I don’t know when it happened…after all, every nursing baby belongs to Mommy…but at some point, and it was very early in her life, Julianna transferred her primary allegiance to Daddy.
Daddy has a way with her. He could always get her to go to sleep when she was a baby; these days she does things for him that I despair of accomplishing. There are times when I feel jealous of the bond between them, and times when, even though I know better, I try to force my way into the moment. Children can sense needy adults, and they run screaming in the opposite direction.
But the relationship between a parent and a child is always evolving, and sometimes I get my own share of Julianna’s adoration. In the last few days before Nicholas was born, Julianna and I had one of those times. That last day, when I put her down for nap at her grandparents’ house and headed home without her…well, I knew what she was too little to know—that the next time I saw her, everything would be different.
Since then, I’ve been on her bad list. Always making her walk, sign, sit on the toilet, feed herself with a spoon…and there’s always that baby hanging around, whining and getting all Mommy’s cuddles. (Well, not all. In the languages of love, Mommy is a very touch-y person. There’s lots of “loving touch” in our house. Mostly in the form of tickles, chews, and kisses.) Julianna adores that baby, but darn it, he’s always got first dibs on Mommy’s attention!
So it has been a beautiful thing, recently, to find her gravitating toward me. To recognize her emerging interests—flowers, plants and trees (although they also intimidate her). To see her start to develop a gender identity, and to glory in femininity with her—to see her take interest in helping me bake, and put on makeup, and choose pretty clothes to wear. To have her pat my lap to get up and sit, to have her lean forward begging for hugs and kisses (this child is most definitely NOT a “loving touch” girl. She still won’t hold Alex’s hand, even when she needs support!). To horse play with her at nap and bedtime, to read to her, to make her laugh—omigosh, I’ve never heard such a magical sound as Julianna’s giggle, heart and soul and body thrown into it with reckless abandon. It’s addictive.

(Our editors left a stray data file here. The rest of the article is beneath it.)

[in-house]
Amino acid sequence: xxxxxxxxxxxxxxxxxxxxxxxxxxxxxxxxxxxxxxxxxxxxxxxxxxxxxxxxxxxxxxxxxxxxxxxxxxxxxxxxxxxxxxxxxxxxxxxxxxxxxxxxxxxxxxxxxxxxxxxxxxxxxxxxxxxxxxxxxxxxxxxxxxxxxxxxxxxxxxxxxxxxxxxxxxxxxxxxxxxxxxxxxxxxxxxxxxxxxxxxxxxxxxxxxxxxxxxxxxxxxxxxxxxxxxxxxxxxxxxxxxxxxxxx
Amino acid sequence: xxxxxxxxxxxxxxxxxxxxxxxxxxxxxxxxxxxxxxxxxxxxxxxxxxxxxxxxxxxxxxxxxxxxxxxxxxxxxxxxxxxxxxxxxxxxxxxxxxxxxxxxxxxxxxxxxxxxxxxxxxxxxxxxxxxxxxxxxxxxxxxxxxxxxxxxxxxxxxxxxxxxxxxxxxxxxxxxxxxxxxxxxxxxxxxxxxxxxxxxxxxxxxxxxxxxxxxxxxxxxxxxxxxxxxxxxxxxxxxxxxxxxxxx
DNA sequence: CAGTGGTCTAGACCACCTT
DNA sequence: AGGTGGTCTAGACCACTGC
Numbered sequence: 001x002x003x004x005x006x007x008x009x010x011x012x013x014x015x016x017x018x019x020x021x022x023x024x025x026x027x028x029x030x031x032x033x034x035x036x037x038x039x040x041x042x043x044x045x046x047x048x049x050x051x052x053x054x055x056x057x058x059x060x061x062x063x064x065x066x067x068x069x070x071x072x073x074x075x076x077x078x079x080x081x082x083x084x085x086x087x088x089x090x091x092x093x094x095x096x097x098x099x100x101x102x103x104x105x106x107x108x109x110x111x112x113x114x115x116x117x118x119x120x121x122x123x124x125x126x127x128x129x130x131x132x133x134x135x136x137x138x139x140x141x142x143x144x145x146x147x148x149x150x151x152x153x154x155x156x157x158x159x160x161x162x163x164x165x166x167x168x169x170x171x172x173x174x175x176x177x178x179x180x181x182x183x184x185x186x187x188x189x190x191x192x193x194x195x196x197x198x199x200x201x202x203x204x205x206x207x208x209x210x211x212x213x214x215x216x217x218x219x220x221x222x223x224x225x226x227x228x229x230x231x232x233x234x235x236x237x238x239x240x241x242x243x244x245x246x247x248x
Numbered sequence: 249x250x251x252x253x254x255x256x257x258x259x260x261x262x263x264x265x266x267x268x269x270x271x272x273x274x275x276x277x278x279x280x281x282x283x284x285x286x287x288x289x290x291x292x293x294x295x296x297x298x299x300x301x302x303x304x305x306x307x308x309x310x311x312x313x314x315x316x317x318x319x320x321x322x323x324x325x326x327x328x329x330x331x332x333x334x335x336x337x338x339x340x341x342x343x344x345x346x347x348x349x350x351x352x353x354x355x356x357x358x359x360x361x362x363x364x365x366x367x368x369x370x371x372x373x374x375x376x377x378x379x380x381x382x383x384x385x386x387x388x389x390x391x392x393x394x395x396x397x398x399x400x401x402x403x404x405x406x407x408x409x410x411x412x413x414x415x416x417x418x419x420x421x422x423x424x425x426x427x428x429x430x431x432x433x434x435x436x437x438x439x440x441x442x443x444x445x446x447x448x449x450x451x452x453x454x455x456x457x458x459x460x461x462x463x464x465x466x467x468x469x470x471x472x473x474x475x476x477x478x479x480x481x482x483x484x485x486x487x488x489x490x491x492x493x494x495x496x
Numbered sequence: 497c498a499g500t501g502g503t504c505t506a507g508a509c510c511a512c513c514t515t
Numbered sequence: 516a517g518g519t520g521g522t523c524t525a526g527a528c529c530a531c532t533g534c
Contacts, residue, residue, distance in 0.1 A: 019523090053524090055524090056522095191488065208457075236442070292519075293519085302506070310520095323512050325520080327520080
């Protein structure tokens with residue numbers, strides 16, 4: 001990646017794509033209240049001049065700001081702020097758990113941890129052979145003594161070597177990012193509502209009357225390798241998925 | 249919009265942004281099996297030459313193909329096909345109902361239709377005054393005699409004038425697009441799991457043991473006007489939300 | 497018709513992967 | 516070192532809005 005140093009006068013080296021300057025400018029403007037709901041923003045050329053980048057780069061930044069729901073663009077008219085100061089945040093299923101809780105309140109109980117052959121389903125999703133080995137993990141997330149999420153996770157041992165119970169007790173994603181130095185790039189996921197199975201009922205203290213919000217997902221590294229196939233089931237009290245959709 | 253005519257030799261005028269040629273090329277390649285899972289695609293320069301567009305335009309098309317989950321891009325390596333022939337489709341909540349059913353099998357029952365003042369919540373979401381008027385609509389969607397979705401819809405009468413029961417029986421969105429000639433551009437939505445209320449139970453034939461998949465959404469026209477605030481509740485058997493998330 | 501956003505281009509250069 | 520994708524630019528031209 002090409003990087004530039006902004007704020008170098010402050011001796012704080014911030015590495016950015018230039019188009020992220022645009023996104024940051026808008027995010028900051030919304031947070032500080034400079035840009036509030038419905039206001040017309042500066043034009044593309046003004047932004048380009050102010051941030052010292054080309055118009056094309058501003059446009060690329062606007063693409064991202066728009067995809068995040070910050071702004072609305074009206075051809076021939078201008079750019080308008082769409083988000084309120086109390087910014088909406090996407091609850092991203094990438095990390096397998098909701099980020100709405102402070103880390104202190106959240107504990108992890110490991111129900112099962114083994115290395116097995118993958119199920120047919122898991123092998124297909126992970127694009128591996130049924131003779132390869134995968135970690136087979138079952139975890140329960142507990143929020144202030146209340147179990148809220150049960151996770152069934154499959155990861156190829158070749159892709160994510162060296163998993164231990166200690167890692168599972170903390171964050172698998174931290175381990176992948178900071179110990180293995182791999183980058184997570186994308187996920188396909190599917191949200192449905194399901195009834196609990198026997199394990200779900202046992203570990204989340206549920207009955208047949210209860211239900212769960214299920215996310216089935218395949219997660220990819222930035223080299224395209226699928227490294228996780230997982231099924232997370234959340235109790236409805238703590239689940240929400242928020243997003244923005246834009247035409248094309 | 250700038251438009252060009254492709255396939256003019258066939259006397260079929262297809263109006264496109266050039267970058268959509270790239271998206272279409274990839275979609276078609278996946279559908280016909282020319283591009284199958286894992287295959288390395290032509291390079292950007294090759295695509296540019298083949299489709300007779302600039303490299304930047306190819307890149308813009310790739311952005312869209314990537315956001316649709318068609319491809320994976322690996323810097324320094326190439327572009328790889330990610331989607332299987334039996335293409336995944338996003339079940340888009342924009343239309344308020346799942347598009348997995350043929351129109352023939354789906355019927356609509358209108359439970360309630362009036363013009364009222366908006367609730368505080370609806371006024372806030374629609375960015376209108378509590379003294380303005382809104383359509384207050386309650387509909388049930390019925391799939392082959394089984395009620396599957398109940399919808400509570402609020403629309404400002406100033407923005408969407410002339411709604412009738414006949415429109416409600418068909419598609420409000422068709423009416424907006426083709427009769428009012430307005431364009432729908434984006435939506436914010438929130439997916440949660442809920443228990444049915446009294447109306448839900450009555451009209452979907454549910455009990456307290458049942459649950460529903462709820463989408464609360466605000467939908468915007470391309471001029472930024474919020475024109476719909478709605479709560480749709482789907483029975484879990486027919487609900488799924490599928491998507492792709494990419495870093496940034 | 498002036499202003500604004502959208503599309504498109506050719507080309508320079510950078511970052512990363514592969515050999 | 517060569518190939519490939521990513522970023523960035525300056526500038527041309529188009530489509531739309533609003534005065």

Like most changes, this one went unnoticed for a while. And it was several days longer before I decided what had caused the shift.
Part of it is that I went away for a week in July, and my absence taught her to appreciate my presence. But I think the main thing is the change in Nicholas. At five months old, he is no longer a newborn or infant; he has entered the “baby” stage, which is slightly less all-encompassing. He’s beginning to settle into a routine, if not a schedule. Nursing is less frequent. He interacts more, which means that he’s not in my arms every second. So instead of nap time being a frantic twenty minutes in which books and kisses are perfunctory, rushed through before the baby has to have my complete attention, it’s becoming one of the best times of the day, sometimes lasting forty minutes or longer.
It’s nice for a whole lot of reasons. But chief among them is the change in our relationship. I’ve always known that she needs me, but it’s nice to feel that she knows it, too.
Then again, maybe she’s just figured out that the girls are outnumbered now, so we’ve gotta stick together.